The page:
Some kind of trouble on the sensory screen
Camera curves over caved-in cop cars

As technology progressed so did the coverage of real time situations. It’s one of the big reasons people watched the news to begin with, to see what was breaking.

Don’t touch that dial,
We’re in denial

We didn’t touch the dial at all, we just kept upgrading our TVs, giving the TV makers billions of dollars in revenue. Because we loved having all of this entertainment in our houses. Live news was the first form of reality TV.

Now crime’s in syndication on TV

Crime and sex always got eyeballs. It didn’t matter the medium. And now with the internet, where everything is available, it feels like we are all so desensitized to it.

“Driven”

It was one of the first tracks finished for the “Test For Echo” album, featuring three separate bass tracks; the main part, the harmony part and the sub bass bottom end, and they sound as one massive bass track.

Neil Peart also plays a little bit behind the beat which gives the riffs a heavier character.

Driven up and down in circles
Skidding down a road of black ice

You know the saying of “going round in circles” well in this case, the feeling is that we are not achieving anything because someone else is controlling the wheel and we keep coming back to the same point or problem.

But it’s my turn to drive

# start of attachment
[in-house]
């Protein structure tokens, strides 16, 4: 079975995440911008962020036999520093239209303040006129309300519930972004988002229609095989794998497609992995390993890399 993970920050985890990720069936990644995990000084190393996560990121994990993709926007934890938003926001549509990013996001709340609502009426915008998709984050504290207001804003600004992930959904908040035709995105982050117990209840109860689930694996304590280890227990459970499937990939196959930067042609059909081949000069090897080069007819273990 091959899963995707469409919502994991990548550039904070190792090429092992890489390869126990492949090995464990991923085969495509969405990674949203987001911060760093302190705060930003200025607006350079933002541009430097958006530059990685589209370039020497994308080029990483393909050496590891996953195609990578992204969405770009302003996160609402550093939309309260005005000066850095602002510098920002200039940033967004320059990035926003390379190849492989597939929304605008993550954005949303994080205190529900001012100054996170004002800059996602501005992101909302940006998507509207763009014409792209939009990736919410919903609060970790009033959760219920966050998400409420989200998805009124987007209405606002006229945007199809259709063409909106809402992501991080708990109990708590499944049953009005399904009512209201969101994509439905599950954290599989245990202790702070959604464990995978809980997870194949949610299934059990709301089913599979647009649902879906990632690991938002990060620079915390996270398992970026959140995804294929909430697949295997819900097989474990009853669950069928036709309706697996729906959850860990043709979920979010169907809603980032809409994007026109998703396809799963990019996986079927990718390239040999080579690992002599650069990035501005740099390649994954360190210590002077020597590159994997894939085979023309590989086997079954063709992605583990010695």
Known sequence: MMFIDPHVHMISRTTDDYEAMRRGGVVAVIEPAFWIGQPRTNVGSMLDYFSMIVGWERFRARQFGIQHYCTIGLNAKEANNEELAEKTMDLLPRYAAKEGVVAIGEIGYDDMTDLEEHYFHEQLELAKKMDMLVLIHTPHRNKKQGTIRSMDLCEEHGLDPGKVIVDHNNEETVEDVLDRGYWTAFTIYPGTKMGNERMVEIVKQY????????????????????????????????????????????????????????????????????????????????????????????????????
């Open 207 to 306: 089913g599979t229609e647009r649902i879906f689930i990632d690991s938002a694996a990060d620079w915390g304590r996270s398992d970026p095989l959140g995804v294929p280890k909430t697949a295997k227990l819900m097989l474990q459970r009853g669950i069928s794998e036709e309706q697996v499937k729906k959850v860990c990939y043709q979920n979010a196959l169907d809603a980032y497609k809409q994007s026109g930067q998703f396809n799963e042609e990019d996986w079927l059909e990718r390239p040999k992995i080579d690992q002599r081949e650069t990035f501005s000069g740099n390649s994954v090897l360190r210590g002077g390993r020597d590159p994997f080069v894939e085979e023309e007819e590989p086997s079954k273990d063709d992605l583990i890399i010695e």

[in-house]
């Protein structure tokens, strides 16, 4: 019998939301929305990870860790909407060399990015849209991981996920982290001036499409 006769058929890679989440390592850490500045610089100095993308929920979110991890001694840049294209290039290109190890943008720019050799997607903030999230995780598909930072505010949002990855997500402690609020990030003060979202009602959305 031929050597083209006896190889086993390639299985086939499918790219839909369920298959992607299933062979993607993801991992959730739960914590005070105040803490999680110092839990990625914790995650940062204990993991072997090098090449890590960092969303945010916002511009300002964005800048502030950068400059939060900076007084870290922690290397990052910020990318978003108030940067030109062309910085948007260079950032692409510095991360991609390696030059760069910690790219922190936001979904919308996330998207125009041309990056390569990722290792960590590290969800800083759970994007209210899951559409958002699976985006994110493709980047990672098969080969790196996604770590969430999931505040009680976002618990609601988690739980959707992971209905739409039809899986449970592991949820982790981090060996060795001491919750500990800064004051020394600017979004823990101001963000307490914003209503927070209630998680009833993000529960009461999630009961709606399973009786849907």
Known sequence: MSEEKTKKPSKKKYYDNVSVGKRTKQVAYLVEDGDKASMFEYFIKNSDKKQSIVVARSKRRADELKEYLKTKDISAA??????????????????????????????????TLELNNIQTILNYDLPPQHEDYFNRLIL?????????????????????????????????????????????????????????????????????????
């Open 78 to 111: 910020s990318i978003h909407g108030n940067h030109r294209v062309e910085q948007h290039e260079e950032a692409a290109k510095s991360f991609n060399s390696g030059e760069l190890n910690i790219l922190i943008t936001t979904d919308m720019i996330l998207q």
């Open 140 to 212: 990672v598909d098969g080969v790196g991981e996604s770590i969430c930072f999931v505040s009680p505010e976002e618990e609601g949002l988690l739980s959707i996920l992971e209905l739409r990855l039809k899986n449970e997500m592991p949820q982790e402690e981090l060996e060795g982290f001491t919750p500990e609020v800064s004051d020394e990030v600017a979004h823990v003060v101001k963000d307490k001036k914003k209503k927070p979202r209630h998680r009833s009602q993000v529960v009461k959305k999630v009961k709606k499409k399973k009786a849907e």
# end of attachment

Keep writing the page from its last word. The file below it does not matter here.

We need to take the wheel and be in control of our choices and decisions. We need to learn from them, grow with them and take ownership of our choices and actions. There is no one to blame when it’s our turn to drive.

The change from distortion to acoustic is soothing before the fuzz kicks in. And the simple chord progression of F, G and Am makes it so accessible.

Driven to the margin of error
Driven to the edge of control
Driven to the margin of terror
Driven to the edge of a deep, dark hole

How driven or ambitious can we be, that we find ourselves driven to the edge of control, or a deep dark hole?

Driven on
By the road to somewhere I’ve never been

A simple meaning of what it means to drive. It offers us the freedom to leave our city limits and go to another city and another.

The road unwinds before me
And I go riding on

It’s what we always do, we get up and live and go riding on. And we sacrifice or give up control, a little bit of our freedom each time which brings us back to the first verse and the words of being driven up and down in circles.

And the cycle repeats.

“Half The World”

The mix of acoustics and electric is a Lifeson thing. This song along with “Totem” and “Resist” feature the 10-string Mandola that Lifeson first utilized on “Victor”.

“‘Half the World’ is one of our finest moments as songwriters as far as writing a concise song without being wimpy or syrupy.

It’s got a little bit of everything: nice melody, and yet it’s still aggressive. It’s hard for us to write that kind of song, really. You’d have to go back to ‘Closer to the Heart’ to find an example of that.Geddy Lee in “Merely Players